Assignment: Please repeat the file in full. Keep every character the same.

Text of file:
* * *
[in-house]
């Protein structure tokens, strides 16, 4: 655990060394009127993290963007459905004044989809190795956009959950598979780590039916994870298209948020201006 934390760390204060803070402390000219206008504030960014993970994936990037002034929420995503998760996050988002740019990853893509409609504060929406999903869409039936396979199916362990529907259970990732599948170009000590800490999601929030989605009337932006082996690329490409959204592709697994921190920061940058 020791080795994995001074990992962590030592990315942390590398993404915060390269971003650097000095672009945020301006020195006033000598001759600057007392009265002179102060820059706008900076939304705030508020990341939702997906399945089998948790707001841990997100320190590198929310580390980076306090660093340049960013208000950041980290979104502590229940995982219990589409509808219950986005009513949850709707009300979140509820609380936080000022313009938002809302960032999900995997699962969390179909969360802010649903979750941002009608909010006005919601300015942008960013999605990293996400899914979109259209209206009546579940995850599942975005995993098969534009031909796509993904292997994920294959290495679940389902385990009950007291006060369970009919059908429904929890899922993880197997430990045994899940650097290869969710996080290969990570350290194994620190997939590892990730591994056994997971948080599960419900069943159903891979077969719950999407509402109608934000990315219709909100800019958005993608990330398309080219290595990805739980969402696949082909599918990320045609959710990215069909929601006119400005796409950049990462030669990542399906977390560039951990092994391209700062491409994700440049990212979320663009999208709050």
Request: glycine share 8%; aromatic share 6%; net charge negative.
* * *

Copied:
[in-house]
């Protein structure tokens, strides 16, 4: 655990060394009127993290963007459905004044989809190795956009959950598979780590039916994870298209948020201006 934390760390204060803070402390000219206008504030960014993970994936990037002034929420995503998760996050988002740019990853893509409609504060929406999903869409039936396979199916362990529907259970990732599948170009000590800490999601929030989605009337932006082996690329490409959204592709697994921190920061940058 020791080795994995001074990992962590030592990315942390590398993404915060390269971003650097000095672009945020301006020195006033000598001759600057007392009265002179102060820059706008900076939304705030508020990341939702997906399945089998948790707001841990997100320190590198929310580390980076306090660093340049960013208000950041980290979104502590229940995982219990589409509808219950986005009513949850709707009300979140509820609380936080000022313009938002809302960032999900995997699962969390179909969360802010649903979750941002009608909010006005919601300015942008960013999605990293996400899914979109259209209206009546579940995850599942975005995993098969534009031909796509993904292997994920294959290495679940389902385990009950007291006060369970009919059908429904929890899922993880197997430990045994899940650097290869969710996080290969990570350290194994620190997939590892990730591994056994997971948080599960419900069943159903891979077969719950999407509402109608934000990315219709909100800019958005993608990330398309080219290595990805739980969402696949082909599918990320045609959710990215069909929601006119400005796409950049990462030669990542399906977390560039951990092994391209700062491409994700440049990212979320663009999208709050």
Request: glycine share 8%; aromatic share 6%; net charge negative.